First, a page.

Early Christian Writings SAINT JOHN CHRYSOSTOM
I. HE roots out in what remains the most tyrannical passion of all, the rage and madness with respect to vainglory, which springs up in them that do right. For at first He had not at all discoursed about it; it being indeed superfluous, before He had persuaded them to do any of the things which they ought, to teach in which way they should practise and pursue them.
But after He had led them on to self-command, then He proceeds to purge away also the alloy which secretly subsists with it. For this disease is by no means of random birth; but when we have duly performed many of the commandments.
It behooved therefore first to implant virtue, and then to remove the passion which mars its fruit.
And see with what He begins, with fasting, and prayer, and almsgiving: for in these good deeds most especially it is wont to make its haunt. The Pharisee, for instance, was hereby puffed up, who saith, "I fast twice a week, I give tithes of my substance." [Luke 19:12] And he was vainglorious too in his very prayer, making it for display. For since there was no one else present, he pointed himself out to the publican, saying, "I am not as the rest of men, nor even as this publican."
And mark how Christ began, as though He were speaking of some wild beast, hard to catch, and crafty to deceive him who was not very watchful. Thus, "take heed," saith He, "as to your alms." So Paul also speaks to the Philippians; "Beware of dogs." [Philippians 3:2] And with reason, for the evil beast comes in upon us secretly, and without noise puffs all away, and unobservedly carries out all that is within.
Forasmuch then as He had made much discourse about almsgiving, and brought forward God, "Who maketh His sun to rise on the evil and the good," [Matt. 5:45] and by motives from all quarters had urged them on to this, and had persuaded them to exult in the abundance of their giving; He finishes by taking away also all things that encumber this fair olive tree. For which same cause He saith, "Take heed that ye do not your alms before men," for that which was before mentioned, is "God's" almsgiving.
II. And when He had said, "not to do it before men," He added, "to be seen of them." And though it seems as if the same thing were said a second time, yet if any one give particular attention, it is not the same thing, but one is different from the other; and it hath great security, and unspeakable care and tenderness. For it may be, both that one doing alms before men may not do it to be seen of them, and again that one not doing it before men may do it to be seen of them. Wherefore it is not simply the thing, but the intent, which He both punishes and rewards. And unless such exactness were employed, this would make many more backward about the giving of alms, because it is not on every occasion altogether possible to do it secretly. For this cause, setting thee free from this restraint, He defines both the penalty and the reward not by the result of the action, but by the intention of the doer.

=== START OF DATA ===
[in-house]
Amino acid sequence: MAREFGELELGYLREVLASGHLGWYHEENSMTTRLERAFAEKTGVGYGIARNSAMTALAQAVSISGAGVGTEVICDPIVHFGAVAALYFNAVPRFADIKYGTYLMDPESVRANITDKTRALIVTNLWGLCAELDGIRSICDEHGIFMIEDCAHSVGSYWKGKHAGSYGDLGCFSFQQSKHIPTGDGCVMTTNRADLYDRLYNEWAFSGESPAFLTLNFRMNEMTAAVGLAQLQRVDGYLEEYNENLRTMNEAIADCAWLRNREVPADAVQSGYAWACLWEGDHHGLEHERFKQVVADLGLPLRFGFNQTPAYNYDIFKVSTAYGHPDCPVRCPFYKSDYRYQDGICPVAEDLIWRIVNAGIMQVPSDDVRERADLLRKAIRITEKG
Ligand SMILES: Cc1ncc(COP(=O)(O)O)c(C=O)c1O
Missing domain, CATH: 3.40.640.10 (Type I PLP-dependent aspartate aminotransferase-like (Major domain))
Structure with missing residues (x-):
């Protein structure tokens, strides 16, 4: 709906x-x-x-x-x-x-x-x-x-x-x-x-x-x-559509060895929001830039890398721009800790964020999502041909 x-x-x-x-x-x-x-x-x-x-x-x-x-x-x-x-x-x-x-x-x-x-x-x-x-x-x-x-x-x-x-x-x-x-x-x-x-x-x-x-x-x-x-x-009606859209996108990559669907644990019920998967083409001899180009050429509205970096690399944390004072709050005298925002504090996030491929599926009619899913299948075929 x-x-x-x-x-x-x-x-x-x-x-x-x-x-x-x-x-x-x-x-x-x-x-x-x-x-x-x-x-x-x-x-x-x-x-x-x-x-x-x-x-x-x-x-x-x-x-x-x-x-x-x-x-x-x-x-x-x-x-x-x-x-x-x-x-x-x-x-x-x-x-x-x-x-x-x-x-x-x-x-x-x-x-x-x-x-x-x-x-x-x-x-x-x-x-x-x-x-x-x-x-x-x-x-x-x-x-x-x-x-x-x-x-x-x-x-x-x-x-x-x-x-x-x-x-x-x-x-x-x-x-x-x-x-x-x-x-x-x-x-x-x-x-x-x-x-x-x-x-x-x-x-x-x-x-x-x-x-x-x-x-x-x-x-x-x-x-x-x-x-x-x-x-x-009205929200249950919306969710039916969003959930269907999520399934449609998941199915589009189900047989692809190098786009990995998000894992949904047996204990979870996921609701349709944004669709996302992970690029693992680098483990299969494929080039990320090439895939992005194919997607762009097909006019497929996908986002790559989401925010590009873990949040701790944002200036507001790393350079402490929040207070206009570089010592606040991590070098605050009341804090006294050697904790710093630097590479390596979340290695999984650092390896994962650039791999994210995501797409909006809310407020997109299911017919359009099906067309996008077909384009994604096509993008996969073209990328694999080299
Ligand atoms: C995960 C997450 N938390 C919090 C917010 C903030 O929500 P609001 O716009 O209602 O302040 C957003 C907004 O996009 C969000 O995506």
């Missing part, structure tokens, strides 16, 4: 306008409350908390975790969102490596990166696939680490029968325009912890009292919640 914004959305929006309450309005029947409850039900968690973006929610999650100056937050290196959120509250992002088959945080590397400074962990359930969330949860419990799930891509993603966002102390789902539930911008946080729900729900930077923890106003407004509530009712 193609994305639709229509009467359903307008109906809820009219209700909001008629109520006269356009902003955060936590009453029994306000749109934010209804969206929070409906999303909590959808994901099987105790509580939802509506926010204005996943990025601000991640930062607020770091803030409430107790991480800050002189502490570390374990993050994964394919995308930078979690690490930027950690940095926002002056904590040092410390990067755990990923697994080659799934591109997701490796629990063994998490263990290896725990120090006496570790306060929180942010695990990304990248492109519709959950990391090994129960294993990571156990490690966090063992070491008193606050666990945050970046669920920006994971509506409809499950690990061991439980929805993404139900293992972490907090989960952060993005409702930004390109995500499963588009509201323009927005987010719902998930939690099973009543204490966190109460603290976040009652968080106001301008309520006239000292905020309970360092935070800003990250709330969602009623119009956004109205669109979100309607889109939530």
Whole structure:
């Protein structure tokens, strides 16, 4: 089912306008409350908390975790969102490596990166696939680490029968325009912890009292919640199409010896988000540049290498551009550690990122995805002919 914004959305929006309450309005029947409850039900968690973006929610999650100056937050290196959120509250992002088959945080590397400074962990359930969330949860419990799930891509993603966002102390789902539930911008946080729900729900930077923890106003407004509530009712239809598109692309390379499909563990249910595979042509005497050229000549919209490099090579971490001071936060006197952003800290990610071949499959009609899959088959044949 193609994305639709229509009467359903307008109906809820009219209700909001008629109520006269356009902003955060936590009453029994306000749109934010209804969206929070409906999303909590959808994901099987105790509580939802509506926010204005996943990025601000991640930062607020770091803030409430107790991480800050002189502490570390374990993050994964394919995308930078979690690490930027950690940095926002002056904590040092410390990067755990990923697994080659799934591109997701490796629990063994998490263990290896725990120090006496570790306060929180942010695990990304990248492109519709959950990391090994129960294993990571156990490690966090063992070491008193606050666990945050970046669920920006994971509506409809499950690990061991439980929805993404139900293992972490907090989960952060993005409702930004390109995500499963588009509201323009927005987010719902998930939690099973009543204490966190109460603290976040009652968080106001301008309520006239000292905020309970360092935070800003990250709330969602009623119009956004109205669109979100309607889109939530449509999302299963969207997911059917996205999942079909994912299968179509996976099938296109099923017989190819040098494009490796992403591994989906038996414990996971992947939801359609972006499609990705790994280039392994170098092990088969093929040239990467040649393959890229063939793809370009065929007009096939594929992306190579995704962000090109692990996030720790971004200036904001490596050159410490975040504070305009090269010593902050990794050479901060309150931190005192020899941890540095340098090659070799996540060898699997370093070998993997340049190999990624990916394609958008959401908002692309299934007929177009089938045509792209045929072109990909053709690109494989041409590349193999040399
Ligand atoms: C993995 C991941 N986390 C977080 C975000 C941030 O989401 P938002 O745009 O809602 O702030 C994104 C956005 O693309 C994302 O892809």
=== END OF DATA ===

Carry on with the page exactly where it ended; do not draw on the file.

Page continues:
That is, that thou mayest not say, "What? am I then the worse, should another see?"--"it is not this," saith He, "that I am seeking, but the mind that is in thee, and the tone of what thou doest." For His will is to bring our soul altogether into frame, and to deliver it from every disease. Now having, as you see, forbidden men's acting for display, and having taught them the penalty thence ensuing, namely, to do it vainly, and for nought, He again rouses their spirits by putting them in mind of the Father, and of Heaven, that not by the loss alone He might sting them, but also shame them by the recollection of Him who gave them being.
"For ye have no reward," saith He, "with your Father which is in Heaven." [Matt. 6:1]
Nor even at this did He stop, but proceeds yet further, by other motives also increasing their disgust. For as above He set forth publicans and heathens, by the quality of the person shaming their imitators, so also in this place the hypocrites.
"Therefore when thou doest thine alms," saith He, "do not sound a trumpet before thee, as the hypocrites do." [Matt. 6:2]
Not that they had trumpets, but He means to display the greatness of their frenzy, by the use of this figure of speech, deriding and making a shows of them hereby.
And well hath He called them "hypocrites" for the mask was of mercy, but the spirit of cruelty and inhumanity. For they do it, not because they pity their neighbors, but that they themselves may enjoy credit; and this came of the utmost cruelty; while another was perishing with hunger, to be seeking vainglory, and not putting an end to his suffering.
It is not then the giving alms which is required, but the giving as one ought, the giving for such and such an end.
Having then amply derided those men, and having handled them so, that the hearer should be even ashamed of them, He again corrects thoroughly the mind which is so distempered: and having said how we ought not to act, He signifies on the other hand how we ought to act. How then ought we to do our alms?